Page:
In recent years, coyote snaring has become acontroversial topic in Maine. Proponents say that snares decrease the number ofcoyotes, which is an outright lie, and also that snares are not a threat tonon-target species, another common misconception. In fact, snares kill many otherspecies, including lynx, bald eagles and deer - the very species that trappersare attempting to "save."
Trappers argue that they are helpingdeer by keeping coyotes at bay. If coyotes ever were a threat to the deerpopulation - which they never were, I can assure you - then their remarkableadaptation to increase the number of pups in a litter when threatened, would doomthe entire deer population. Of course, the idea of coyote eliminating deer ispreposterous. Coyotes primarily eat rodents. The deer they do kill are ill orelderly and would not survive another winter.
Snares are stranglingdevices: wire loops contract over an animal's neck and cut off the flow of air,strangling the animal over a number of days. Snares have also been known to stopthe jugular vein from eliminating used blood, while the artery continues tosupply the brain with blood. The animal's head swells until excruciating pain ora rupture in the brain finally ends the animal's torture.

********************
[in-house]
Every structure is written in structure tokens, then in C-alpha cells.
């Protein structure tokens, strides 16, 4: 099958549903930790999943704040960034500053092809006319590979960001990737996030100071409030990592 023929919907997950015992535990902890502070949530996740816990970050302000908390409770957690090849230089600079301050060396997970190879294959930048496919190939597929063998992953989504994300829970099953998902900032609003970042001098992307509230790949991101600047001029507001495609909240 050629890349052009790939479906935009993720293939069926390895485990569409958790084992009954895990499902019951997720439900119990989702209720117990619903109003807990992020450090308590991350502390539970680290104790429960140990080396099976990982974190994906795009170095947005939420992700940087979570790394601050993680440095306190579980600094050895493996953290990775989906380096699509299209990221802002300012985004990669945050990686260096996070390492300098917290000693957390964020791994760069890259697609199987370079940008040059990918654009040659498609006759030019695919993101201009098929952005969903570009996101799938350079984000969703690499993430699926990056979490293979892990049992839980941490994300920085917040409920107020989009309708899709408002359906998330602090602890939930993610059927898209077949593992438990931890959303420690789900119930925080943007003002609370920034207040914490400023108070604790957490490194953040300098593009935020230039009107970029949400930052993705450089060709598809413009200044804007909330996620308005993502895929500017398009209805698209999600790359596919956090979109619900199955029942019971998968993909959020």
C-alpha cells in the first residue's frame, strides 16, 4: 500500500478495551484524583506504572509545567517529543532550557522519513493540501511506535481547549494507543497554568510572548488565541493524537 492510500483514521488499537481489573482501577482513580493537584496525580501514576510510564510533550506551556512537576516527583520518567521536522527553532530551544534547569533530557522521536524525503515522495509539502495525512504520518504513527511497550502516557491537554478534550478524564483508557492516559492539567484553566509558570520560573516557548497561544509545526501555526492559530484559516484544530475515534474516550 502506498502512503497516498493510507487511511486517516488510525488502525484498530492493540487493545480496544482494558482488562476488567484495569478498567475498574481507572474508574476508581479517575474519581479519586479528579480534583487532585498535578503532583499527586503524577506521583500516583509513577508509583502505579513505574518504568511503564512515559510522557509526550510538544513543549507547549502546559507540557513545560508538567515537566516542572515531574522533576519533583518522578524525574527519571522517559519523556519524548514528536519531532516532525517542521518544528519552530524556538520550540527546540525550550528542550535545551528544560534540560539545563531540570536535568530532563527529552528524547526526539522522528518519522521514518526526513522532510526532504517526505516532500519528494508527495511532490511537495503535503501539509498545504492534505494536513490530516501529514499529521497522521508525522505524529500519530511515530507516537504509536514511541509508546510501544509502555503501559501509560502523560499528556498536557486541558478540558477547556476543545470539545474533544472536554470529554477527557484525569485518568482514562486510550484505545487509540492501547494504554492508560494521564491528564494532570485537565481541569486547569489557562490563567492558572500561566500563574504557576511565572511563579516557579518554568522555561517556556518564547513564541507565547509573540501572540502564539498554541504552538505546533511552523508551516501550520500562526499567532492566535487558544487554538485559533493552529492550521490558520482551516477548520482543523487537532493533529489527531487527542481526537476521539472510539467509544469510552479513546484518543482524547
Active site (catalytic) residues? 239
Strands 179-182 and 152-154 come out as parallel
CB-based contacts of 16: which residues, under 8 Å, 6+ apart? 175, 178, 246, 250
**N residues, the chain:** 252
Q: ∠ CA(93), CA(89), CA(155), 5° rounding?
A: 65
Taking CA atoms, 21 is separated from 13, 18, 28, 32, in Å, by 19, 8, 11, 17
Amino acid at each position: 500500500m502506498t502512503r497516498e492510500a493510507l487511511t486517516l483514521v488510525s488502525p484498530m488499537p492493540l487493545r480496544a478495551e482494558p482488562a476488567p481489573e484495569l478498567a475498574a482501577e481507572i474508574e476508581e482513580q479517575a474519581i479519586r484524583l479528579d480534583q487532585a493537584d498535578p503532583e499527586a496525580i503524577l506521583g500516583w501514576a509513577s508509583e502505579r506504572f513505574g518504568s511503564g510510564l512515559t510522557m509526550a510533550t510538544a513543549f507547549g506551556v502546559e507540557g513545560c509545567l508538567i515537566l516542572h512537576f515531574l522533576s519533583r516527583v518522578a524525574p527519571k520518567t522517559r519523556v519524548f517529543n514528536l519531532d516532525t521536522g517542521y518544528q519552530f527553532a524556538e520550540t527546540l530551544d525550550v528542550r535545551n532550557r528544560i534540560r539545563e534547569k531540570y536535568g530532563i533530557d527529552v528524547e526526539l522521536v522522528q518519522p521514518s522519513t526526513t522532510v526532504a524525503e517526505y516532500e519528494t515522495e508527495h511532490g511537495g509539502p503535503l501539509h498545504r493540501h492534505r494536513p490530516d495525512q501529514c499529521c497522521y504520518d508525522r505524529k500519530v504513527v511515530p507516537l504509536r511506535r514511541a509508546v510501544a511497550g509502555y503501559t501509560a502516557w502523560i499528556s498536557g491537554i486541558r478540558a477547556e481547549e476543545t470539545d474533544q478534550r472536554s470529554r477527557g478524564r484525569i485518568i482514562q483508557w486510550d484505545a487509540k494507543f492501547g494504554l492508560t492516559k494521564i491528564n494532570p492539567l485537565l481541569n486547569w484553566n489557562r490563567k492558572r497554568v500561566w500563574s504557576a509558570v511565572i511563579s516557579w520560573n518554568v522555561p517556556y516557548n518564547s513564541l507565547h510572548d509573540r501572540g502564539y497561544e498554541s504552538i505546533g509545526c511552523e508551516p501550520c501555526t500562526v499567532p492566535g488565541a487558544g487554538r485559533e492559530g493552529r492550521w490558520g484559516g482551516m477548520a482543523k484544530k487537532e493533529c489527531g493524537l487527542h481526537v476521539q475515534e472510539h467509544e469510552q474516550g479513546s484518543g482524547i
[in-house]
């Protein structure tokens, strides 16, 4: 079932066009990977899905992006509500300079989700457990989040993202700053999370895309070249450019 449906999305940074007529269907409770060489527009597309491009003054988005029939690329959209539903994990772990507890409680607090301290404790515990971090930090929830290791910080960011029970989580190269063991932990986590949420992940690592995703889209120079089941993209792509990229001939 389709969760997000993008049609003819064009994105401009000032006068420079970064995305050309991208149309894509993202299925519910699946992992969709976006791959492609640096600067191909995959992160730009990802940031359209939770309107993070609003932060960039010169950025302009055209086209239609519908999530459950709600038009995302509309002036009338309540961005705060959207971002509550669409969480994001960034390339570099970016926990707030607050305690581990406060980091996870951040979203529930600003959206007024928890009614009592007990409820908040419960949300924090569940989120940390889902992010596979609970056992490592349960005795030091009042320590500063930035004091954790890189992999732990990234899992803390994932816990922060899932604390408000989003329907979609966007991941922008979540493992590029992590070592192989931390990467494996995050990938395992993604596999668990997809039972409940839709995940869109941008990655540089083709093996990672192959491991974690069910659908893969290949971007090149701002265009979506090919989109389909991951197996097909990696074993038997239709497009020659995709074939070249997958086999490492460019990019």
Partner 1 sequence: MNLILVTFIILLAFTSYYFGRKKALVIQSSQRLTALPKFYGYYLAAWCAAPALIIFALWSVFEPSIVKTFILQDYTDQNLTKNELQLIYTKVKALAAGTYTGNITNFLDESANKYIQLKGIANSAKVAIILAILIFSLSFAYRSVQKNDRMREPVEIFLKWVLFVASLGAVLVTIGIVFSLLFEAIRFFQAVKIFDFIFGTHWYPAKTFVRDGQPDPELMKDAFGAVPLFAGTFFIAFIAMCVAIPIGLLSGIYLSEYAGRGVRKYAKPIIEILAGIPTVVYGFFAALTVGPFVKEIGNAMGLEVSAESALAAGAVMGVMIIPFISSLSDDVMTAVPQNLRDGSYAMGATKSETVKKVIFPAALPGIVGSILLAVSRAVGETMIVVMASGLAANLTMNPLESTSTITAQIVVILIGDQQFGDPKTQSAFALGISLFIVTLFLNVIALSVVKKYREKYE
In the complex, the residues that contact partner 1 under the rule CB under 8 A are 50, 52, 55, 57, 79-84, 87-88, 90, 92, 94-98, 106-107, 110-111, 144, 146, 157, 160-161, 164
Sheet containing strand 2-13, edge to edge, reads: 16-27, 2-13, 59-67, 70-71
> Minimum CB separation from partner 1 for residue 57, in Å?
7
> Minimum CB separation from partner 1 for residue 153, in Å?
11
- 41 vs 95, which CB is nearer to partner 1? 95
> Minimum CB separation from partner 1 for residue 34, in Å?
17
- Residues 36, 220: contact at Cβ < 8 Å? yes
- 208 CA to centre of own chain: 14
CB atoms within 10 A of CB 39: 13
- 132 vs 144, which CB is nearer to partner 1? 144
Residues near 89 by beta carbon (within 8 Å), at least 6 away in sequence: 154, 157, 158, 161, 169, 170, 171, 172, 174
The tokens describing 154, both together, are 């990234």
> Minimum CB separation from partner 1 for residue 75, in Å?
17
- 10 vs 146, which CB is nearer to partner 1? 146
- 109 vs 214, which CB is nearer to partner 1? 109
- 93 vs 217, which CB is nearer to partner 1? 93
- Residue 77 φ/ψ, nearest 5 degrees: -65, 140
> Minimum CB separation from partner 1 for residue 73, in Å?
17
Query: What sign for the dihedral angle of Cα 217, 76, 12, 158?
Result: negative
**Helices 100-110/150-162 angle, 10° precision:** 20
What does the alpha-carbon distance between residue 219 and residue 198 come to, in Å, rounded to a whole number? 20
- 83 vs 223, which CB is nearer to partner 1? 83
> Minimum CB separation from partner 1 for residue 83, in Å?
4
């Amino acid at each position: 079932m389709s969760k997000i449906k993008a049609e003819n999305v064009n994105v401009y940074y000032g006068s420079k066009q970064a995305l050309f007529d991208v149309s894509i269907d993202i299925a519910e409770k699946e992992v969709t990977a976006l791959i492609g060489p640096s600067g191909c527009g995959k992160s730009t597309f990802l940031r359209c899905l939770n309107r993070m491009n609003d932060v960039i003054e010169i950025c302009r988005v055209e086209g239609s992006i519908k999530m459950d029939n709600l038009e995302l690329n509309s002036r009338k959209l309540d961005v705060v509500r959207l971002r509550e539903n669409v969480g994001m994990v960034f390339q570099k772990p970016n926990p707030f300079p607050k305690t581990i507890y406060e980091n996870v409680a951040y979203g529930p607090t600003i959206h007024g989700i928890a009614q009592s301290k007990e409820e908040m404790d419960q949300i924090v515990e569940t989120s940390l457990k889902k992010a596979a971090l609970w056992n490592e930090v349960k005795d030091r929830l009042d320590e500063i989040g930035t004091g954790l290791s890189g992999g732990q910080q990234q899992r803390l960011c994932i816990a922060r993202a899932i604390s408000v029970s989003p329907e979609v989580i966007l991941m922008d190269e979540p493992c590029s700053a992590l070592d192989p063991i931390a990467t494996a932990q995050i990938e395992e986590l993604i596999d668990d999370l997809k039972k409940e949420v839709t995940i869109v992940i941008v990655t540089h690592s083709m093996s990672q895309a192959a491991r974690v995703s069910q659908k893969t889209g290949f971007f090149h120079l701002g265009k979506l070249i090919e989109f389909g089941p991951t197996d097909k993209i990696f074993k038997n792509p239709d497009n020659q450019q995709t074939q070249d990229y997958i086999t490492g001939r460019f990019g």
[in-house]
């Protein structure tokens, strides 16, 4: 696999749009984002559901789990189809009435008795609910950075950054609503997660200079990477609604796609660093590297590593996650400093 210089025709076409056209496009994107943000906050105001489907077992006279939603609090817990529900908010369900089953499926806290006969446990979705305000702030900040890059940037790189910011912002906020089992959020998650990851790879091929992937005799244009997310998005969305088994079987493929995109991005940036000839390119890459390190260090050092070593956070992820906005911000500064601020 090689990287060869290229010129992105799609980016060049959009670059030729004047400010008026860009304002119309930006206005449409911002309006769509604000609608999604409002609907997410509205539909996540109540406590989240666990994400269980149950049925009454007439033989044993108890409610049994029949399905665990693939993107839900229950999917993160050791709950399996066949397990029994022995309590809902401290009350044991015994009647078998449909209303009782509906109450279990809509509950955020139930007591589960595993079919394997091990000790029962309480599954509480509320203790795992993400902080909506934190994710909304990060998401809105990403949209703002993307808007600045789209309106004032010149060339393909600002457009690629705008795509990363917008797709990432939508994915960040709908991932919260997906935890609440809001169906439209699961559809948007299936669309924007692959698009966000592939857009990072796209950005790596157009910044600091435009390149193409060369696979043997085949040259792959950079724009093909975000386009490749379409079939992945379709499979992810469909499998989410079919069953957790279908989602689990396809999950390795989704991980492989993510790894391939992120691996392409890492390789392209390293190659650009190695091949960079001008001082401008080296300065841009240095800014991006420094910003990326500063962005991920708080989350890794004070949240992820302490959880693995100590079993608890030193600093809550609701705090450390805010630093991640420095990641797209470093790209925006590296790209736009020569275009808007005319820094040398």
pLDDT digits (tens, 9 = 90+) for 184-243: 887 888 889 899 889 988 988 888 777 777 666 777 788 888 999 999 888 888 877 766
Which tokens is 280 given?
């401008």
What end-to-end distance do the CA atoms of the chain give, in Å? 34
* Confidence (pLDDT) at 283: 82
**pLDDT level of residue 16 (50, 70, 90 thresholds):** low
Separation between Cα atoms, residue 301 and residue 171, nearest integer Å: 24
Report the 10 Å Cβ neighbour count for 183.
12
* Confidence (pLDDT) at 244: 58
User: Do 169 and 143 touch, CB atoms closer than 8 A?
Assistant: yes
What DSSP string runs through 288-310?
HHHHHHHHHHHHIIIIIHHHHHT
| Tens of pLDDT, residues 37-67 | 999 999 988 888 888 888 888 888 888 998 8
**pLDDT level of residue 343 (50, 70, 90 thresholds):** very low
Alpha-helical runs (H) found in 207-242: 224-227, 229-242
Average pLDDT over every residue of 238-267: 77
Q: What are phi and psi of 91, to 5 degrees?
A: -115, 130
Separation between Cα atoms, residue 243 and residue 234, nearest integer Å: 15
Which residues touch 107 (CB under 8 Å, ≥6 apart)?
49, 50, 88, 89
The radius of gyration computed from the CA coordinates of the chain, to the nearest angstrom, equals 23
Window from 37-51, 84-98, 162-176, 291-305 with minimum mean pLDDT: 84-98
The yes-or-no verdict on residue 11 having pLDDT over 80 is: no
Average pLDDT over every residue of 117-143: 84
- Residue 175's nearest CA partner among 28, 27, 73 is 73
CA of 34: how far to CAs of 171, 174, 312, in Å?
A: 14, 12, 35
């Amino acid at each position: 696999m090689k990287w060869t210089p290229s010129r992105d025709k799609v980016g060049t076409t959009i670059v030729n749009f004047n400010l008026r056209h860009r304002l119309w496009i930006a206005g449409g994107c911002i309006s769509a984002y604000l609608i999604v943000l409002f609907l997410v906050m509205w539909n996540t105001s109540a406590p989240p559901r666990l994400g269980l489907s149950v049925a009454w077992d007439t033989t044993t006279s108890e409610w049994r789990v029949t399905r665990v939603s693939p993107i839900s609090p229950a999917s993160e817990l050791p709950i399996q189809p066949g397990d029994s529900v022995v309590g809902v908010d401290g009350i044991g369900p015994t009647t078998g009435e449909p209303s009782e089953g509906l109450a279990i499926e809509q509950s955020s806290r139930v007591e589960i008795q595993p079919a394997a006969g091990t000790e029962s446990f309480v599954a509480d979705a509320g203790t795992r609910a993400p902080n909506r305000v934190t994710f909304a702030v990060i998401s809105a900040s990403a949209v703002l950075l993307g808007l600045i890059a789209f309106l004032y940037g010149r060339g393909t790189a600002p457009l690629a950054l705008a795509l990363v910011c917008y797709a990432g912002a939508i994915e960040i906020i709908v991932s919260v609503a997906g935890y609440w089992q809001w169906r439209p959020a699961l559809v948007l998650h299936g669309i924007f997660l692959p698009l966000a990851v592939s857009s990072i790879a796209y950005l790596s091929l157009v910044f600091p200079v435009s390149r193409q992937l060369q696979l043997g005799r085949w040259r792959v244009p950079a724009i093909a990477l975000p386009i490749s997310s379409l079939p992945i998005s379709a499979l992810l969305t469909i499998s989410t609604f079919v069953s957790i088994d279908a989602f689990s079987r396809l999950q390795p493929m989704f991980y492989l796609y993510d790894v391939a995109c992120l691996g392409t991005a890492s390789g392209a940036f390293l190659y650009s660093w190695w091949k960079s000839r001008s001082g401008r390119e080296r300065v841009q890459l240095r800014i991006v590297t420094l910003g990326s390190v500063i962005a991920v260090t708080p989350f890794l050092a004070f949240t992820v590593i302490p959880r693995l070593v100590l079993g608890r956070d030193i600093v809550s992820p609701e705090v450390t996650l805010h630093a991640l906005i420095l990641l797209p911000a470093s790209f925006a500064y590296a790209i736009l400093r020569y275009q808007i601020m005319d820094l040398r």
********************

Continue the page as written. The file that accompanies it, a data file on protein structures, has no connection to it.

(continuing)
Every year thestate spends $20,000 on the snaring program, money that could be much betterused. I say, let nature take its course and see how things work out. Trappers aresnaring coyotes because they think they are killing "their" deer, butout of 100 snared coyotes, only four had deer contents in theirstomachs.
In parts of Maine, the deer population is declining. This couldhave nothing to do with coyotes and instead be a result of the fact that deerhave trouble finding cover in the harsh winters, as well as that Maine is thenorthernmost range for white-tailed deer. In other areas of the state, however,the deer population is overabundant, and potentially posing a threat to theirsurroundings.
If anything, coyotes help the deer species by killing thesick and giving hunters and trappers better prospects. They help keep diseasefrom spreading through the deer population. If anything, coyotes are the saints,not the sinners.
This piece has been published in Teen Ink’s monthly print magazine.